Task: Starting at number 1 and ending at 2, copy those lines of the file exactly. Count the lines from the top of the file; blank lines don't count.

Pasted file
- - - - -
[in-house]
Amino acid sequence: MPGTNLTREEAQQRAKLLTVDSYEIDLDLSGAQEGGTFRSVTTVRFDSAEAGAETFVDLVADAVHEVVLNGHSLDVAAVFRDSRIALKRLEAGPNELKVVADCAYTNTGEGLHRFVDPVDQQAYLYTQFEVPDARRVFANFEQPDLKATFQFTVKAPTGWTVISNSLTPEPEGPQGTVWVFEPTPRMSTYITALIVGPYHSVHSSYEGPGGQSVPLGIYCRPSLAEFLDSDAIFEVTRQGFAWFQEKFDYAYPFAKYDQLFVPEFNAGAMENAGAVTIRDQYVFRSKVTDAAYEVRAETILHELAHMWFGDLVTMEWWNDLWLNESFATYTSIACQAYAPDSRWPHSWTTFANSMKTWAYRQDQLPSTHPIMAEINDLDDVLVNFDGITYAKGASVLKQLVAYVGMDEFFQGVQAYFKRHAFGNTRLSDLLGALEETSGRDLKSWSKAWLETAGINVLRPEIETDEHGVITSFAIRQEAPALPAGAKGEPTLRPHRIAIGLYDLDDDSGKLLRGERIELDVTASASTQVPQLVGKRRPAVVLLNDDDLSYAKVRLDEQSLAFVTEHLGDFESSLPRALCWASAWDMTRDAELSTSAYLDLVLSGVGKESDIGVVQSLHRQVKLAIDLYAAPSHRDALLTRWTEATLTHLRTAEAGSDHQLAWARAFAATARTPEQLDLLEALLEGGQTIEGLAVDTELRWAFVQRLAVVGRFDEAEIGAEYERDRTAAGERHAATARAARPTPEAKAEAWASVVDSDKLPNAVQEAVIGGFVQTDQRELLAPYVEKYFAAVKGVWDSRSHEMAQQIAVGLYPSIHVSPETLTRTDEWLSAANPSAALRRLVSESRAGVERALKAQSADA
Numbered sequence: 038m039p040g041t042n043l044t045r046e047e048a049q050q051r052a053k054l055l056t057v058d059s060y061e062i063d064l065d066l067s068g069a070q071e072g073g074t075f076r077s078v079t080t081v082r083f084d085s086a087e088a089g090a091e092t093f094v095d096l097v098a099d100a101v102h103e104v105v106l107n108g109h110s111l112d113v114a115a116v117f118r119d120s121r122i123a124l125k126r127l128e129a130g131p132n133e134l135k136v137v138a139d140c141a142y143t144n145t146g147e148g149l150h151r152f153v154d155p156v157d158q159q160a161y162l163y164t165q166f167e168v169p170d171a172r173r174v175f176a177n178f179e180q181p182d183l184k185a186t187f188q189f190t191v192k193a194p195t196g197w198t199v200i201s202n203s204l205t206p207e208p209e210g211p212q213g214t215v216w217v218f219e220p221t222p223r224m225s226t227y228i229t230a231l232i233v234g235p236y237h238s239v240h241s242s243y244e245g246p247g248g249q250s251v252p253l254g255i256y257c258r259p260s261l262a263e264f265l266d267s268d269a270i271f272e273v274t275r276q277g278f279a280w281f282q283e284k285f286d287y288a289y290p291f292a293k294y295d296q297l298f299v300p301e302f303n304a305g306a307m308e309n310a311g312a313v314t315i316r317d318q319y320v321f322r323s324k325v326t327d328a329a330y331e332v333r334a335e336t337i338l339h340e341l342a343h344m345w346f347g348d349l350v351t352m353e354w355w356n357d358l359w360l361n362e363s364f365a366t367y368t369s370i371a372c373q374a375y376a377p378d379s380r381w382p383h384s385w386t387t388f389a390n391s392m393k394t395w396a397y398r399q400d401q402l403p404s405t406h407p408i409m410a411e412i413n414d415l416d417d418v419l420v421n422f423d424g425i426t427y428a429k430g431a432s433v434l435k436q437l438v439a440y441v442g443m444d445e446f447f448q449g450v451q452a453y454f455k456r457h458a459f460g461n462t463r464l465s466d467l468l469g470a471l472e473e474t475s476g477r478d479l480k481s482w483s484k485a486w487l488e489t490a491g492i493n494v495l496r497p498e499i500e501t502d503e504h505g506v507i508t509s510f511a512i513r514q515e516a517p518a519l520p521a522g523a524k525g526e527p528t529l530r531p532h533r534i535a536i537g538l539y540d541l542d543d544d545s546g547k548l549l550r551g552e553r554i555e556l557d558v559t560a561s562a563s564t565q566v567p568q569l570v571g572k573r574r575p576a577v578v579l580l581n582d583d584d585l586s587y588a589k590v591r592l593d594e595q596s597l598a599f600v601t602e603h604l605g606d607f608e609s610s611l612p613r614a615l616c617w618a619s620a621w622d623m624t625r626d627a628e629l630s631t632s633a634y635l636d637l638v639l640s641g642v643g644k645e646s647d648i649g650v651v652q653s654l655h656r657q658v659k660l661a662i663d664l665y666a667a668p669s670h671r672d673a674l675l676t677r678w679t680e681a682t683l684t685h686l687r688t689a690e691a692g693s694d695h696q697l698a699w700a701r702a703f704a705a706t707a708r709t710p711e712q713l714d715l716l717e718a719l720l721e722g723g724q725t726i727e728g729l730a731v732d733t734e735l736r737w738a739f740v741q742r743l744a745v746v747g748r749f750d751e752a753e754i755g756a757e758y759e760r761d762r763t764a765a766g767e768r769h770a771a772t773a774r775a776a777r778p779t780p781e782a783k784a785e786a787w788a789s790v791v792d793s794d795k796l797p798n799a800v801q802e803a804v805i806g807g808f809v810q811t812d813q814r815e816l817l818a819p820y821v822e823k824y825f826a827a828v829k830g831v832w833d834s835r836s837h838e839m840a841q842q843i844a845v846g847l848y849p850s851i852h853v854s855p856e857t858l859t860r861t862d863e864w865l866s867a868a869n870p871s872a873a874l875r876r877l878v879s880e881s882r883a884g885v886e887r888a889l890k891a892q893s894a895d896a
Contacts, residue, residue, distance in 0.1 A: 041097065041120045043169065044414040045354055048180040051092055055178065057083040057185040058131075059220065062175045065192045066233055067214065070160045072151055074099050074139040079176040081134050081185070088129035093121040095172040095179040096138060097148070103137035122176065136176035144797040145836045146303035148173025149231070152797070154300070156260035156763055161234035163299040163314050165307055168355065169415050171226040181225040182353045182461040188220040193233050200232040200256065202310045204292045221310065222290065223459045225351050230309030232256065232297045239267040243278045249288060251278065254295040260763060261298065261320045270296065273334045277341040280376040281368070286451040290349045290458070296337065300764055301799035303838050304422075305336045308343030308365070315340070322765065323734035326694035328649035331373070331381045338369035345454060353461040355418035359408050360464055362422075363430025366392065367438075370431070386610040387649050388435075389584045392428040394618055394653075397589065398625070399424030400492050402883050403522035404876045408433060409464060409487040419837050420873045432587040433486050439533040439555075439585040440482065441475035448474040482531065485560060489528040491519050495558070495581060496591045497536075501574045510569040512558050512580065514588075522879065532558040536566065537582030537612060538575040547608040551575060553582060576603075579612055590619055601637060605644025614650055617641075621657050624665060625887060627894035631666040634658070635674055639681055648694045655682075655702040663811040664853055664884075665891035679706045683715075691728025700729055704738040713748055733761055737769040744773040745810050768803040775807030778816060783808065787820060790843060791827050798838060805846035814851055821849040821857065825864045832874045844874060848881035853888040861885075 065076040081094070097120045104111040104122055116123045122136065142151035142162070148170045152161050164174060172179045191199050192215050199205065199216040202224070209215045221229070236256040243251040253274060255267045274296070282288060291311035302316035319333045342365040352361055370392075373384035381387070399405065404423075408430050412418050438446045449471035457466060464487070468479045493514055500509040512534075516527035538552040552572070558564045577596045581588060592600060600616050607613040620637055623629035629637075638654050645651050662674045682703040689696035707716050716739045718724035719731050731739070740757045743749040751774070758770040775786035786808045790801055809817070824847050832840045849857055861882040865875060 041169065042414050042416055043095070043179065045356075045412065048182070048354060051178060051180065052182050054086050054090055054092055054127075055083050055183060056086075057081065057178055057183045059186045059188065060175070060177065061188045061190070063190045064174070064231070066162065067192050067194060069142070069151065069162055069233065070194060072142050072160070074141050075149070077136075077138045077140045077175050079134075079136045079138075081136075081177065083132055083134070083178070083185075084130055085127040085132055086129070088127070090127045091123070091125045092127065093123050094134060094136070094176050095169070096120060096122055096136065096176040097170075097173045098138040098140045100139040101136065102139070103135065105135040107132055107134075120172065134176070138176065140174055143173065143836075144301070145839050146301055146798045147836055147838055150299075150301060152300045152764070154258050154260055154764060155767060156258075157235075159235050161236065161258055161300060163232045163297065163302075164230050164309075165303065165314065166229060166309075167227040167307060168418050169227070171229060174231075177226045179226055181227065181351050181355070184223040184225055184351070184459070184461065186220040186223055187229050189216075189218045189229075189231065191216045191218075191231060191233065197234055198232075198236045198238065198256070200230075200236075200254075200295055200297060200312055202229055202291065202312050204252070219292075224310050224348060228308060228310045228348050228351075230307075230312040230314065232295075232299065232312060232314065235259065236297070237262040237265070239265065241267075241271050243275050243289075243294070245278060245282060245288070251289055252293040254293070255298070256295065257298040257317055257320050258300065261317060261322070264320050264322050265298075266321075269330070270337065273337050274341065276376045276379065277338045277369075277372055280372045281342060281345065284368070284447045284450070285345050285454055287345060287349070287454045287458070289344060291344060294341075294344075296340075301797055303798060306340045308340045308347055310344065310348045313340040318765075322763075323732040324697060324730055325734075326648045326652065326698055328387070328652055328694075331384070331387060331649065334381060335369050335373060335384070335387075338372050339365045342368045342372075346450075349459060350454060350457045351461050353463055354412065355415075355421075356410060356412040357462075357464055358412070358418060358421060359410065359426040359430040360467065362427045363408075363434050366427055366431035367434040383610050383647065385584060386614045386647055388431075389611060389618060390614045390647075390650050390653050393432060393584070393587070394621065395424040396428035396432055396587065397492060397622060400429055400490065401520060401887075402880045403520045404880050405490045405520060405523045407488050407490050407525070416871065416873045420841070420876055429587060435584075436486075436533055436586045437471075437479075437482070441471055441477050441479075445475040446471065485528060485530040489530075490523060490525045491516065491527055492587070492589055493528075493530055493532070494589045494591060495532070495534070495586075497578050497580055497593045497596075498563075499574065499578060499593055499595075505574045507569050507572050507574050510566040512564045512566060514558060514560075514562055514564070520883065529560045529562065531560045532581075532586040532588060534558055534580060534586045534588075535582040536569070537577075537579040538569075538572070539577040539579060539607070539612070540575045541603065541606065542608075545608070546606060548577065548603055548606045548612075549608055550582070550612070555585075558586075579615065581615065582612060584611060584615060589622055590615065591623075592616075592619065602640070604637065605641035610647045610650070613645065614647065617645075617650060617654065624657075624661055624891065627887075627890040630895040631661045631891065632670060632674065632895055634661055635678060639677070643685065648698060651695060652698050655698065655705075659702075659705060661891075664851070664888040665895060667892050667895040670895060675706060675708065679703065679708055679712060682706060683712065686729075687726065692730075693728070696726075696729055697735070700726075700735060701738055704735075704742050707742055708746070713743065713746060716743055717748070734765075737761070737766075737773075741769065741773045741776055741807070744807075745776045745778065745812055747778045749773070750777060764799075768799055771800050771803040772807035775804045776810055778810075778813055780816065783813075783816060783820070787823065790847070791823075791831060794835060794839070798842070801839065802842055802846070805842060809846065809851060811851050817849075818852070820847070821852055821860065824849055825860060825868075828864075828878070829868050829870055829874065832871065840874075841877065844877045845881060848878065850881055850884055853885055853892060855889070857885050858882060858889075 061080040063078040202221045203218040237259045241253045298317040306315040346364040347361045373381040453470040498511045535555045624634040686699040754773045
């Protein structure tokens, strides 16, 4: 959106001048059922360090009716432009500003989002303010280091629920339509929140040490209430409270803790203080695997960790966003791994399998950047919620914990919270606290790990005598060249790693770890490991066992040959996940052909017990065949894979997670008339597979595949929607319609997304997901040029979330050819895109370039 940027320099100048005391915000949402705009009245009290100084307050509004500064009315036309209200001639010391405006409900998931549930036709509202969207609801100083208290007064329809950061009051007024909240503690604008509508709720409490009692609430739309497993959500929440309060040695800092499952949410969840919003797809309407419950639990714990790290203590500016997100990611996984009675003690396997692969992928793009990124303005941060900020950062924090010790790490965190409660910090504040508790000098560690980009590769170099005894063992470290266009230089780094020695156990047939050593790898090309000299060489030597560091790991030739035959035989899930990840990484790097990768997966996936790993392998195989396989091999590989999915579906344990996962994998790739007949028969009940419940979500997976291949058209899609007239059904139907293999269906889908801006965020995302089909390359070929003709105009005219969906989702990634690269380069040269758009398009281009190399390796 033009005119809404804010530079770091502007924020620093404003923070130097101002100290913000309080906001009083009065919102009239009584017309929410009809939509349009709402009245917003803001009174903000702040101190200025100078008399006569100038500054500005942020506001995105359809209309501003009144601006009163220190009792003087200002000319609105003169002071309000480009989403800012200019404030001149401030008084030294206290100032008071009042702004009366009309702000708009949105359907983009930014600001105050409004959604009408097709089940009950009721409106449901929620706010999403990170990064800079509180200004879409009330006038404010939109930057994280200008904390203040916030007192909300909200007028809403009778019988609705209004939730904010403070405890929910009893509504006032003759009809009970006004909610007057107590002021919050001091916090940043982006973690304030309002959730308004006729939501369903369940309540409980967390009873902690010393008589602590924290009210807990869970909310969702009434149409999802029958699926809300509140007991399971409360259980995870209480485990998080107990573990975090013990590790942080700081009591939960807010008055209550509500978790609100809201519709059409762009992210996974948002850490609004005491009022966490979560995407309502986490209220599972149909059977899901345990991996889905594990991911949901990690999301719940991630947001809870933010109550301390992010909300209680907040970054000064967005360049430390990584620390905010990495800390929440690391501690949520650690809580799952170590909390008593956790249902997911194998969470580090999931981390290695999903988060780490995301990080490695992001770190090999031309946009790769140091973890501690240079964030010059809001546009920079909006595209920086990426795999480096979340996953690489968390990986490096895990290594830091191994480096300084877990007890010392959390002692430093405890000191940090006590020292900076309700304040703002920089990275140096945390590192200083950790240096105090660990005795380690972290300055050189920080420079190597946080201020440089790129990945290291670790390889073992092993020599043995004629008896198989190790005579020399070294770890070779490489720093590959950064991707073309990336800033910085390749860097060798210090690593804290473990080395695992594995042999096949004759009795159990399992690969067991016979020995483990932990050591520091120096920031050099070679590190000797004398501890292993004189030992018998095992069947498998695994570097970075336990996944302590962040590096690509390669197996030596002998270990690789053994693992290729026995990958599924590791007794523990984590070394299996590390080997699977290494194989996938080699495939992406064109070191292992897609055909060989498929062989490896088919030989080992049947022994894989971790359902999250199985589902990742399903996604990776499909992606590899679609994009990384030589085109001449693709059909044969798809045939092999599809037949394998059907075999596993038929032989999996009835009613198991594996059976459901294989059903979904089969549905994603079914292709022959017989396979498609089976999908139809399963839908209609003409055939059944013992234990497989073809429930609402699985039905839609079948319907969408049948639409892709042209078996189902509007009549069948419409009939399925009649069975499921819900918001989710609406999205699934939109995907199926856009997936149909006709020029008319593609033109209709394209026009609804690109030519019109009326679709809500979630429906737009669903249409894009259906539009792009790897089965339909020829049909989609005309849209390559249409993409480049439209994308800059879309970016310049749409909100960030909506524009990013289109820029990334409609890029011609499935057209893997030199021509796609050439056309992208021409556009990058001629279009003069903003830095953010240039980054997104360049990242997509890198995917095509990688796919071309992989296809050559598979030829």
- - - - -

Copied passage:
[in-house]
Amino acid sequence: MPGTNLTREEAQQRAKLLTVDSYEIDLDLSGAQEGGTFRSVTTVRFDSAEAGAETFVDLVADAVHEVVLNGHSLDVAAVFRDSRIALKRLEAGPNELKVVADCAYTNTGEGLHRFVDPVDQQAYLYTQFEVPDARRVFANFEQPDLKATFQFTVKAPTGWTVISNSLTPEPEGPQGTVWVFEPTPRMSTYITALIVGPYHSVHSSYEGPGGQSVPLGIYCRPSLAEFLDSDAIFEVTRQGFAWFQEKFDYAYPFAKYDQLFVPEFNAGAMENAGAVTIRDQYVFRSKVTDAAYEVRAETILHELAHMWFGDLVTMEWWNDLWLNESFATYTSIACQAYAPDSRWPHSWTTFANSMKTWAYRQDQLPSTHPIMAEINDLDDVLVNFDGITYAKGASVLKQLVAYVGMDEFFQGVQAYFKRHAFGNTRLSDLLGALEETSGRDLKSWSKAWLETAGINVLRPEIETDEHGVITSFAIRQEAPALPAGAKGEPTLRPHRIAIGLYDLDDDSGKLLRGERIELDVTASASTQVPQLVGKRRPAVVLLNDDDLSYAKVRLDEQSLAFVTEHLGDFESSLPRALCWASAWDMTRDAELSTSAYLDLVLSGVGKESDIGVVQSLHRQVKLAIDLYAAPSHRDALLTRWTEATLTHLRTAEAGSDHQLAWARAFAATARTPEQLDLLEALLEGGQTIEGLAVDTELRWAFVQRLAVVGRFDEAEIGAEYERDRTAAGERHAATARAARPTPEAKAEAWASVVDSDKLPNAVQEAVIGGFVQTDQRELLAPYVEKYFAAVKGVWDSRSHEMAQQIAVGLYPSIHVSPETLTRTDEWLSAANPSAALRRLVSESRAGVERALKAQSADA